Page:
Halite is one of the most extreme environments to support life. From the drought of the Atacama Desert to salt deposits up to Permian in age and 2000 meters in burial depth, live microbes have been found. Because halite is geologically stable and impermeable to ground water, the microbes allegedly have a syndepositional origin, making them the oldest organisms known to live on Earth. Recently, our understanding of the microbial diversity inside halite has broadened, and the first genome sequences of ancient halite-buried microbes are now available. The secrets behind prolonged survival in salt are also starting to be revealed.
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Call for papers: The interplay between the host and HSV-1 infection

Call for papers: The interplay between the host and HSV-1 infection | Virology News | Scoop.it

Virology Journal is now inviting submissions for a new thematic series on “The interplay between the host and HSV-1 infection”. Edited by Chunfu Zheng (Soochow University, China), the collection welcomes research and review articles, and will also include specially commissioned topical reviews, written by leaders in the field.

Herpes simplex virus type 1 (HSV-1) is a typical human-restricted pathogen, which is carried by 50-90% of the population worldwide, with higher frequencies in developing countries. HSV-1 is well known for its ability to establish a lifelong latent infection in neurons and trigger reactivation and lytic infection, mainly in epithelial or mucosal cells.

Although HSV-1 was identified over 100 years ago, the battle between HSV-1 and the host continues, as there is no vaccine yet available, and HSV-1 is still one of the major infectious diseases worldwide.

We will consider articles covering the interplay between the host and HSV-1 infection, including but not limited to:

Virus-host interactionCellular responses to viral infectionPathogenesis and immunity

The aim for this thematic series is to help us not only improve our knowledge of virus-host interactions but also develop novel antiviral approaches and vaccines against HSV-1 infection.

The deadline for submissions is April 30th 2016. To submit your manuscript, please use our online submission system, and indicate in your cover letter that you would like the manuscript to be considered for this thematic series. If you would like to enquire about the suitability of a manuscript for consideration, please email a pre-submission enquiry tovirologyjournal@biomedcentral.com. 

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Pandemic Trailer Pulls You Into the Zombie Outbreak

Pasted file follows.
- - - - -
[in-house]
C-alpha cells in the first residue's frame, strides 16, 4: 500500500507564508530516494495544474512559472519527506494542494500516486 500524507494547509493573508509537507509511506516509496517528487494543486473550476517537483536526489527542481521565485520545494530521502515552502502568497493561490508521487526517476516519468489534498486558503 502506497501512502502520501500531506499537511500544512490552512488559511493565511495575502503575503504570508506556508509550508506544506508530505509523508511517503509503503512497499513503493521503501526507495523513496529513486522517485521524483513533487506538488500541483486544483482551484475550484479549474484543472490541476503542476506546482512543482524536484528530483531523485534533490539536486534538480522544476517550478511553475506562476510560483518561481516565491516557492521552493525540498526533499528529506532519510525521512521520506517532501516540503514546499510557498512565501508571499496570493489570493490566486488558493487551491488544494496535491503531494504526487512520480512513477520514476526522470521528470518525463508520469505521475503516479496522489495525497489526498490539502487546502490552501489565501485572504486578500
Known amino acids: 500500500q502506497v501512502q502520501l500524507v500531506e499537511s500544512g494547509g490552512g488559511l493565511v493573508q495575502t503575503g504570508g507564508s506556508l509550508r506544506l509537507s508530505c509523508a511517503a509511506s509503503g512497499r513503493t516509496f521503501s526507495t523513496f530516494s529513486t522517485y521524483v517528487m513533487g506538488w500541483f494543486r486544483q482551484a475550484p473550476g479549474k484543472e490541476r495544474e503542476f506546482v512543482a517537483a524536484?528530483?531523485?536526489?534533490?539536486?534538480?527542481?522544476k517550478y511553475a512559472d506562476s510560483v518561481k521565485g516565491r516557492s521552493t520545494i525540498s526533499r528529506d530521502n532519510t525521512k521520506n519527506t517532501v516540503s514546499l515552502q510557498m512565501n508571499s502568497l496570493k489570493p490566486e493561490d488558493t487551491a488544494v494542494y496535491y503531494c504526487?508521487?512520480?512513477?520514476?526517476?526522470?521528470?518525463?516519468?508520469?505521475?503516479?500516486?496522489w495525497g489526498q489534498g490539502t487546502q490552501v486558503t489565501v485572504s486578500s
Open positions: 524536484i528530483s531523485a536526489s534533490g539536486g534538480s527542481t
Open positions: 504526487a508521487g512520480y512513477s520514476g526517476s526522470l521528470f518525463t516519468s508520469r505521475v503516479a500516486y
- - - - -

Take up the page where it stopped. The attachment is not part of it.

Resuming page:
Pandemic Trailer Pulls You Into the Zombie Outbreak | Virology News | Scoop.it
Watch the new Pandemic trailer. The zombie thriller stars Rachel Nichols, Mekhi Phifer, Pat Healy, Alfie Allen, and Missi Pyle.
Ed Rybicki's insight:

Because.  Zombies...B-)

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Production of Human papillomavirus pseudovirions in plants and their use in pseudovirion-based neutralisation assays in mammalian cells

Production of Human papillomavirus pseudovirions in plants and their use in pseudovirion-based neutralisation assays in mammalian cells | Virology News | Scoop.it
Human papillomaviruses (HPV) cause cervical cancer and have recently also been implicated in mouth, laryngeal and anogenital cancers.
Ed Rybicki's insight:

...and it has occurred to us that it can be a DNA vaccine vector too...B-)

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Concern over Zika virus grips the world - The Lancet

Concern over Zika virus grips the world - The Lancet | Virology News | Scoop.it

In the past week, the world has mobilised to tackle the latest threat to global health security—Zika virus, now spreading rapidly in the Americas. Udani Samarasekera and Marcia Triunfol report.

Worldwide concern over Zika virus (panel) and its temporal and geographical association with clusters of birth and neurological conditions escalated this week, with WHO declaring a Public Health Emergency of International Concern.

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Viral infection: A key host receptor for AAV

A transmembrane protein receptor that is critical for adeno-associated virus infection has been identified through an unbiased, genome-wide screen. Its role in viral entry could potentially be harnessed to develop enhanced gene therapy vectors and better animal models of human disease.
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Homeopathy: the air guitar of medicine

Homeopathy: the air guitar of medicine | Virology News | Scoop.it
Homeopathy is an alternative medicine, which means a few things. It means it’s not medicine, it’s an alternative; it means it’s seen by many as somehow better and healthier than modern medicines; and it means that people are incredibly emotional in their support for it. I’ve received death threats pretty much every time I’ve ever written …

Via Chris Upton + helpers